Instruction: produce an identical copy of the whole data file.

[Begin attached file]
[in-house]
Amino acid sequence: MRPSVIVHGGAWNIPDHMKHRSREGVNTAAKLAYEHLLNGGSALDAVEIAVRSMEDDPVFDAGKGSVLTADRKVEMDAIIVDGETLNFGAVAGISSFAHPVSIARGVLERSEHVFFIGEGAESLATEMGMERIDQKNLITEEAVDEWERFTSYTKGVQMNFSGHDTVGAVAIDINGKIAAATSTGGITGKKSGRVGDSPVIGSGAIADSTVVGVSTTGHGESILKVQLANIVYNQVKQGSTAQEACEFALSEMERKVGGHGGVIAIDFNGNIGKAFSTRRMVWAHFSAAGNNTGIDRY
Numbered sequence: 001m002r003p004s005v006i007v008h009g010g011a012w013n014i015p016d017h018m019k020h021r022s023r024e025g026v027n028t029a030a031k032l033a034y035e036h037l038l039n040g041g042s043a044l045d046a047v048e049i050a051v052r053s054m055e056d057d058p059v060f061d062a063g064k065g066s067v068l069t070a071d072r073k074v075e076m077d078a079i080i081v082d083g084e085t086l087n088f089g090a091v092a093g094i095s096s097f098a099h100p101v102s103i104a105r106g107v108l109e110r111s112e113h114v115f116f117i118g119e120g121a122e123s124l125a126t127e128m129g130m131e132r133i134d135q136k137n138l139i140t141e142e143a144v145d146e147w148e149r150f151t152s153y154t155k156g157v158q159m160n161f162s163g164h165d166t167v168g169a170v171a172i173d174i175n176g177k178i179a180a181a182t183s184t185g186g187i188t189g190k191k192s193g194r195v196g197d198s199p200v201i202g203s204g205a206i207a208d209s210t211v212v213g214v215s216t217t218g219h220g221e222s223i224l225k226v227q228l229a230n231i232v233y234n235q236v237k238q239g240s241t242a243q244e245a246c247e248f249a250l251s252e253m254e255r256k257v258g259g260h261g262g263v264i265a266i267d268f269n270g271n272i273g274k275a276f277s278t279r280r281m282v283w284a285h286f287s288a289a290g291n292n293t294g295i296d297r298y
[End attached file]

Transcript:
[in-house]
Amino acid sequence: MRPSVIVHGGAWNIPDHMKHRSREGVNTAAKLAYEHLLNGGSALDAVEIAVRSMEDDPVFDAGKGSVLTADRKVEMDAIIVDGETLNFGAVAGISSFAHPVSIARGVLERSEHVFFIGEGAESLATEMGMERIDQKNLITEEAVDEWERFTSYTKGVQMNFSGHDTVGAVAIDINGKIAAATSTGGITGKKSGRVGDSPVIGSGAIADSTVVGVSTTGHGESILKVQLANIVYNQVKQGSTAQEACEFALSEMERKVGGHGGVIAIDFNGNIGKAFSTRRMVWAHFSAAGNNTGIDRY
Numbered sequence: 001m002r003p004s005v006i007v008h009g010g011a012w013n014i015p016d017h018m019k020h021r022s023r024e025g026v027n028t029a030a031k032l033a034y035e036h037l038l039n040g041g042s043a044l045d046a047v048e049i050a051v052r053s054m055e056d057d058p059v060f061d062a063g064k065g066s067v068l069t070a071d072r073k074v075e076m077d078a079i080i081v082d083g084e085t086l087n088f089g090a091v092a093g094i095s096s097f098a099h100p101v102s103i104a105r106g107v108l109e110r111s112e113h114v115f116f117i118g119e120g121a122e123s124l125a126t127e128m129g130m131e132r133i134d135q136k137n138l139i140t141e142e143a144v145d146e147w148e149r150f151t152s153y154t155k156g157v158q159m160n161f162s163g164h165d166t167v168g169a170v171a172i173d174i175n176g177k178i179a180a181a182t183s184t185g186g187i188t189g190k191k192s193g194r195v196g197d198s199p200v201i202g203s204g205a206i207a208d209s210t211v212v213g214v215s216t217t218g219h220g221e222s223i224l225k226v227q228l229a230n231i232v233y234n235q236v237k238q239g240s241t242a243q244e245a246c247e248f249a250l251s252e253m254e255r256k257v258g259g260h261g262g263v264i265a266i267d268f269n270g271n272i273g274k275a276f277s278t279r280r281m282v283w284a285h286f287s288a289a290g291n292n293t294g295i296d297r298y